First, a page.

22 Formal Solution to Radiative Transfer Formal solution I ν (τ ν ) = I ν (0)e τ ν + τν 0 dτ νs(τ ν)e (τ ν τ ν) Interpretation: initial specific intensity I ν attenuated by absorption and replaced by source function, attenuated by absorption from foreground absorption Special case S ν independent of τ ν take out of integral I ν (τ ν ) = I ν (0)e τ ν + S ν τν = I ν (0)e τ ν + S ν [1 e τ ν ] 0 dτ νe (τ ν τ ν ) at low optical depth I ν unchanged, high optical depth I ν S ν Integration is along the path of the radiation (direction dependent); source function can depend on I ν in a different direction!

23 Fluid or Eddington Approximation Often a good approximation that radiation is nearly isotropic: consider the fact that scattering, absorption and emission randomizes the direction of radiation Eddington (or fluid) approximation: radiation has a dipole structure at most Plane parallel symmetry (e.g. star, Fourier expansion): specific intensity depends only on polar angle from normal to plane and vertical spatial coordinate z. Path length ds = dz/ cos θ = dz/µ. Now approximate I ν as a linear function of µ (isotropic + dipole energy density + bulk momentum density: I ν = a + bµ [More generally: a Legendre polynomial expansion of I ν - e.g. CMB typically keeps moments to solve for S ν and then moments to describe I ν ]

24 Fluid or Eddington Approximation Angular moments of specific intensity: J ν = 1 2 H ν = 1 2 K ν = I ν dµ Radiative transfer equation: (energy density) µi ν dµ (momentum density) µ 2 I ν dµ = 1 3 J ν (pressure) di ν ds = µdi ν dz = α ν(i ν S ν ) µ di ν dτ = (I ν S ν ), dτ = α ν dz

25 Fluid or Eddington Approximation Angular moments of specific intensity: zeroth moment 1 2 (for simplicity assume S ν is isotropic) dµ... dh ν dτ = (J ν S ν ) In fluid mechanics this is the Euler equation: local imbalance generates a flow First moment 1 2 µdµ... dk ν dτ = 1 3 dj ν dτ = H ν This is the continuity equation, a flow generates a change in energy density

26 Fluid or Eddington Approximation Take derivative and combine 1 3 d 2 J ν dτ 2 = dh ν dτ = J ν S ν Explicit equation for J ν (z) if S ν considered an external source Consider scattering + absorption/emission 1 3 d 2 J ν dτ 2 = J ν [ɛ ν S νa + (1 ɛ ν )J ν ] = ɛ ν (S νa J ν ) Explicitly solve with two boundary conditions: e.g. J ν (0) = J ν0 and J ν ( ) = S νa. If S νa constant J ν = S νa + [J ν0 S νa ]e τ 3ɛ ν So relaxation to source at τ 1/ 3ɛ z/l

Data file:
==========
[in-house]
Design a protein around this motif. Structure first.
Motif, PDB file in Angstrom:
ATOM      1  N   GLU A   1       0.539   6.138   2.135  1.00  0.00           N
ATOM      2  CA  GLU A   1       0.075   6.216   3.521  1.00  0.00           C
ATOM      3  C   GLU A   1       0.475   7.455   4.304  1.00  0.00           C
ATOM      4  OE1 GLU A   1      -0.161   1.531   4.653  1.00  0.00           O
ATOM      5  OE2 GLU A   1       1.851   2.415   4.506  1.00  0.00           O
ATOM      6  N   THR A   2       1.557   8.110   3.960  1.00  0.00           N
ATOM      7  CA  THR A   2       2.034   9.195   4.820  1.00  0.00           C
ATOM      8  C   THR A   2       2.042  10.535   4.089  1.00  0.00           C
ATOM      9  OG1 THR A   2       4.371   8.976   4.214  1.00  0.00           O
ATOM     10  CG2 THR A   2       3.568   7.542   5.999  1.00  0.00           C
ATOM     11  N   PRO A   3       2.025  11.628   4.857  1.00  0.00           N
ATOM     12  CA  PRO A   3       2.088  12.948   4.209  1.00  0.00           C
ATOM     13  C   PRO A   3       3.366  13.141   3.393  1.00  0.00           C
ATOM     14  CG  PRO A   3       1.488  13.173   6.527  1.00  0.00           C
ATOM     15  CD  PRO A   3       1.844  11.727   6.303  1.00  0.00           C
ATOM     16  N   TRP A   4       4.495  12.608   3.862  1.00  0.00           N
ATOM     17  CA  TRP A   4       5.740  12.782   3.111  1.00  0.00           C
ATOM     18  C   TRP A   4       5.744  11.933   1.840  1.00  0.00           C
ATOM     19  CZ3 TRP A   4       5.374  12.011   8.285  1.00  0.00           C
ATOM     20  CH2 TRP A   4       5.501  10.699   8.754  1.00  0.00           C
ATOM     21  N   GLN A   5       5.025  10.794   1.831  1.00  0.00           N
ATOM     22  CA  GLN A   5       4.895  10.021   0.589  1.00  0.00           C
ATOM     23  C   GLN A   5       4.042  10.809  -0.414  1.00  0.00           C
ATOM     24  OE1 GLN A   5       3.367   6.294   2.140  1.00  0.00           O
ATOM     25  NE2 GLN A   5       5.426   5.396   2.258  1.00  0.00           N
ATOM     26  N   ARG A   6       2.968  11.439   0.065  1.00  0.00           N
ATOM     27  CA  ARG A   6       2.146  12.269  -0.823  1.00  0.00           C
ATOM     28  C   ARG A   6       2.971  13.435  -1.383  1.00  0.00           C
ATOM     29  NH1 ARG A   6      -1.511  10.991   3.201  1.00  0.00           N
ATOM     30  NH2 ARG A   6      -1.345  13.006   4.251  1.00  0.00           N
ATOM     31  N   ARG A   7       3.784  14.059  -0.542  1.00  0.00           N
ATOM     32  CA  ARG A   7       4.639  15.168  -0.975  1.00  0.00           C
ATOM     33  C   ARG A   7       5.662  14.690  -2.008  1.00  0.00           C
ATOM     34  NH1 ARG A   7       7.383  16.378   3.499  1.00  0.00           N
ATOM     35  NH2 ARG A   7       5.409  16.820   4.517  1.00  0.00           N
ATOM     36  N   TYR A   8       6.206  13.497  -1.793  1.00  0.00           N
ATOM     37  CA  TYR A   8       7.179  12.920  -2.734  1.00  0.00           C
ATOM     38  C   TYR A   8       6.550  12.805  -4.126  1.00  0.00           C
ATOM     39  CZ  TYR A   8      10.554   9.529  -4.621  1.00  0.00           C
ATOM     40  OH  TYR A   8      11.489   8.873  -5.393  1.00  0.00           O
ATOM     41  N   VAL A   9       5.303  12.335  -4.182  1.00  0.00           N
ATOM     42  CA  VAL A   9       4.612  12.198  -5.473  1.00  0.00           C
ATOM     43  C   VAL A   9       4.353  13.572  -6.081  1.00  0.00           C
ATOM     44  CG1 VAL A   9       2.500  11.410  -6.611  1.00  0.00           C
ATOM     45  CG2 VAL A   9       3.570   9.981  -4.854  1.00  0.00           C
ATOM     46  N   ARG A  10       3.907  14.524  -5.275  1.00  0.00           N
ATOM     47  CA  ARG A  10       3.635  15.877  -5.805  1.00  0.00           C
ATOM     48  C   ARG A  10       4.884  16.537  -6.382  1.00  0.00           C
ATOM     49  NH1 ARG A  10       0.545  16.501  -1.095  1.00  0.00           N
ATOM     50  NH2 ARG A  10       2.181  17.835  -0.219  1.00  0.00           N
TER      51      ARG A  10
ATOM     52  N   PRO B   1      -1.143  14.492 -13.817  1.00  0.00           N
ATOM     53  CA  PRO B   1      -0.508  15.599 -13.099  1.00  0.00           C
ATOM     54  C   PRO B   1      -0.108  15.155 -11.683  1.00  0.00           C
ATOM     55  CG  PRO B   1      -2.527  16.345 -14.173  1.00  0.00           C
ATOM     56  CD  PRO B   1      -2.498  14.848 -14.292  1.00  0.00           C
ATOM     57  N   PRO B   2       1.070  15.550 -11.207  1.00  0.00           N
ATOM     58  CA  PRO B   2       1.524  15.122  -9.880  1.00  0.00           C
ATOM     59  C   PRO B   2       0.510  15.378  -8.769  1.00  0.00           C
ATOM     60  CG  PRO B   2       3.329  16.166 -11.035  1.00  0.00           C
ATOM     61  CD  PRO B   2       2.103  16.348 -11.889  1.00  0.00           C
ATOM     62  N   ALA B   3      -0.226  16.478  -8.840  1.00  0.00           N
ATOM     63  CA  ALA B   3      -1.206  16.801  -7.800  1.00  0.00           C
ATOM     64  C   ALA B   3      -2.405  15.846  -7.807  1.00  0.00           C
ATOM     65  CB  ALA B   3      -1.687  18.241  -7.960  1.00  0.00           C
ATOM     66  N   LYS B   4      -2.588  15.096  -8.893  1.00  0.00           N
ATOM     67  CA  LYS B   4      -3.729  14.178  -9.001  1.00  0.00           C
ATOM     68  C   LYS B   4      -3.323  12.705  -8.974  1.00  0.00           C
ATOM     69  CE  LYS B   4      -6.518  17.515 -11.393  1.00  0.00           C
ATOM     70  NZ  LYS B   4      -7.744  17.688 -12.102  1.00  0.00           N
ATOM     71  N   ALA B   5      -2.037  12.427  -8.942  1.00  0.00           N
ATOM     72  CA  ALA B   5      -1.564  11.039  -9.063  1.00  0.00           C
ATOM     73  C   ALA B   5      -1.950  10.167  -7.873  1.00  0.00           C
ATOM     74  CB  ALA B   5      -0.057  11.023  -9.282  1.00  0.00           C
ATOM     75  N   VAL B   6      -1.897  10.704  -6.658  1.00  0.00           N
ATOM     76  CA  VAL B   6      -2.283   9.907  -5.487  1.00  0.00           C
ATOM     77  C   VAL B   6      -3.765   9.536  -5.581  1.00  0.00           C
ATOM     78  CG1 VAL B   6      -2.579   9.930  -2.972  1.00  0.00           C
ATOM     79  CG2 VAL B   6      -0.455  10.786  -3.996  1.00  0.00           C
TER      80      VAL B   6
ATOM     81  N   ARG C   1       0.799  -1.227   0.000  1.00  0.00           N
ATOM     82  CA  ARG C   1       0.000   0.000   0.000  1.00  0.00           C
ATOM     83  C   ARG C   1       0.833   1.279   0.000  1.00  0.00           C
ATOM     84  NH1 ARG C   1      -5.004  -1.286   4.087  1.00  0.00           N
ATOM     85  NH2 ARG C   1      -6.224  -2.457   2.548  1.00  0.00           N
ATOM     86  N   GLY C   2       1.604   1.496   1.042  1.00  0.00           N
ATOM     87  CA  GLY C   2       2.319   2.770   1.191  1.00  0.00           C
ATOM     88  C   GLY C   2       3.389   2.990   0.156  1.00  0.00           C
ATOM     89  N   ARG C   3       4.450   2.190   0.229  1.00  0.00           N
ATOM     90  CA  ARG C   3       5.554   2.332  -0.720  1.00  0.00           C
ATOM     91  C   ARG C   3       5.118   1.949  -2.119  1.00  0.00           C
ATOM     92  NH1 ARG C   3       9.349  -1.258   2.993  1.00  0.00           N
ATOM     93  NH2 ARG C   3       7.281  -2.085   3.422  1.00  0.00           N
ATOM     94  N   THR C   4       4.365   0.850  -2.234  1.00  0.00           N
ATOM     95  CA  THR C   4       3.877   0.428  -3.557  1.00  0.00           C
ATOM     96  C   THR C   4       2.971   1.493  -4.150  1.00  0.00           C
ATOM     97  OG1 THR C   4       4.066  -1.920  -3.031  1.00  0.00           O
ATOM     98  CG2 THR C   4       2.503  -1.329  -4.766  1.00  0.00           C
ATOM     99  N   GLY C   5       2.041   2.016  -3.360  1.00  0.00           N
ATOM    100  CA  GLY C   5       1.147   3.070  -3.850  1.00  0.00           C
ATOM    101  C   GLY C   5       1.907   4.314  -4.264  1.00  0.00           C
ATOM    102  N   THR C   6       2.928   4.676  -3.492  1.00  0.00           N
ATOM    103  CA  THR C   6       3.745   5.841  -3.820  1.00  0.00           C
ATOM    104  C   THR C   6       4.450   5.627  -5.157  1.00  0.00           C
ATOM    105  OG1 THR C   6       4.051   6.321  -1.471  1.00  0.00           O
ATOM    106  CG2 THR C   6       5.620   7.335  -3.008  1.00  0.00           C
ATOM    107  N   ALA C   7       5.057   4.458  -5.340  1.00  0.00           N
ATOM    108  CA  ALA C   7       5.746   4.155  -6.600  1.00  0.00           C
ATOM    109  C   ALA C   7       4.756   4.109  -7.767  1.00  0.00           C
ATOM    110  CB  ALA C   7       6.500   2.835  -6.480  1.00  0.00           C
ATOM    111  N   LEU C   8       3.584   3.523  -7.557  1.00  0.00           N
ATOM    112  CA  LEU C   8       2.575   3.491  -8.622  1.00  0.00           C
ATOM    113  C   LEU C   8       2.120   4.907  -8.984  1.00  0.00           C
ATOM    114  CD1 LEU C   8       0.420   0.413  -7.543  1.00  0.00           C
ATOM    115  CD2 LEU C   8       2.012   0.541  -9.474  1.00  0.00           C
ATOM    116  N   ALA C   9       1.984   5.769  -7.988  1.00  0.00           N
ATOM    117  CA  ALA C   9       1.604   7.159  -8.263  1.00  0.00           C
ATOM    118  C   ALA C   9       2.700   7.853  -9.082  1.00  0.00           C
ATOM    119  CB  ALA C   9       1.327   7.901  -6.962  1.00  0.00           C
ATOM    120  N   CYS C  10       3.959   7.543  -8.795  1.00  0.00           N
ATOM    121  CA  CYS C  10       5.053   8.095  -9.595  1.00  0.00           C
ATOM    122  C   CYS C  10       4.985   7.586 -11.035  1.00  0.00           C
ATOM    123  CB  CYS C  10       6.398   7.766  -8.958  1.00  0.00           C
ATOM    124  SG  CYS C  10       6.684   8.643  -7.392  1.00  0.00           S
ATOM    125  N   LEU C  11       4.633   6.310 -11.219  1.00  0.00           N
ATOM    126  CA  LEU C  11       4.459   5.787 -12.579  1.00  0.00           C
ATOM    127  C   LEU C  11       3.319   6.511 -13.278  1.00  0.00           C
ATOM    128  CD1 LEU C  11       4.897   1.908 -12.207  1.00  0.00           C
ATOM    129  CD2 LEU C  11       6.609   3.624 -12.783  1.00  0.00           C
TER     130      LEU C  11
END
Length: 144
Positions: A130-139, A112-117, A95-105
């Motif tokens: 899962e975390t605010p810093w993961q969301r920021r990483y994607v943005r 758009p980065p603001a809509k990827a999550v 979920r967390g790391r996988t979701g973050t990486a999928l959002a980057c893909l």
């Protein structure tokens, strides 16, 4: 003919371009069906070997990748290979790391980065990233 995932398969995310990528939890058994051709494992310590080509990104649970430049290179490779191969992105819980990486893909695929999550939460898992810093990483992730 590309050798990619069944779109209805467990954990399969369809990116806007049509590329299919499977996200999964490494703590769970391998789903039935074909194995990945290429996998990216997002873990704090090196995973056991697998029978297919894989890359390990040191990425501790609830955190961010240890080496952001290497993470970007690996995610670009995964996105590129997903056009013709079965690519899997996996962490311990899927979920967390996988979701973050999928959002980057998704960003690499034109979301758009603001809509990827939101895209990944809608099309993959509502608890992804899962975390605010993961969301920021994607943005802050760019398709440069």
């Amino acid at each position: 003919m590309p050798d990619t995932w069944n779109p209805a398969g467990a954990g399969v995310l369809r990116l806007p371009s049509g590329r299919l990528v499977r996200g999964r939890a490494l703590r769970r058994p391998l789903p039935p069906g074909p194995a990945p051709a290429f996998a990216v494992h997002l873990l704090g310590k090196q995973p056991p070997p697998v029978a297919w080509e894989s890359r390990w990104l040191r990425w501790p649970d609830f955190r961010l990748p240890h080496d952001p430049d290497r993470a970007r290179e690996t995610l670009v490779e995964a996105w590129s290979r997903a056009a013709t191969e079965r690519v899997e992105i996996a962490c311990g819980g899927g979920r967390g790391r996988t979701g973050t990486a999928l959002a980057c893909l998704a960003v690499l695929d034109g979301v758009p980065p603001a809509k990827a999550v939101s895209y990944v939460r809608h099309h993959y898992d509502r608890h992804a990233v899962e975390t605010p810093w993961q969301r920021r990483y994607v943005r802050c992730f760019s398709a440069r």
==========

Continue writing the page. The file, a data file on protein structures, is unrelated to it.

27 Set 1: Statistical Mechanics

28 How Many Particles Fit in a Box? Counting momentum states due to the wave nature of particles with momentum p and de Broglie wavelength λ = h p = 2π h p

29 Distribution Function The distribution function f gives the number of particles per unit phase space d 3 xd 3 q where q is the momentum (conventional to work in physical coordinates) Consider a box of volume V = L 3. Periodicity implies that the allowed momentum states are given by q i = n i 2π/L so that the density of states is dn s = g V (2π) 3 d3 q where g is the degeneracy factor (spin/polarization states) The distribution function f(x, q, t) describes the particle occupancy of these states, i.e. N = dn s f = gv d 3 q (2π) 3 f 28-1

30 Bulk Properties Integrals over the distribution function define the bulk properties of the collection of particles Number density Energy density where E 2 = q 2 + m 2 n(x, t) N/V = g ρ(x, t) = g d 3 q (2π) 3 f d 3 q (2π) 3 E(q)f

31 Bulk Properties Pressure: particles bouncing off a surface of area A in a volume spanned by L x : per momentum state p q = F A = N part q A t ( q = 2 q x, t = 2L x /v x ) = N part V q x v x = f q v = f q2 3 3E so that summed over states d 3 q q 2 p(x, t) = g (2π) 3 3E(q) f Likewise anisotropic stress (vanishes in the background) π i d 3 q 3q i q j q 2 δ i j j(x, t) = g f (2π) 3 3E(q)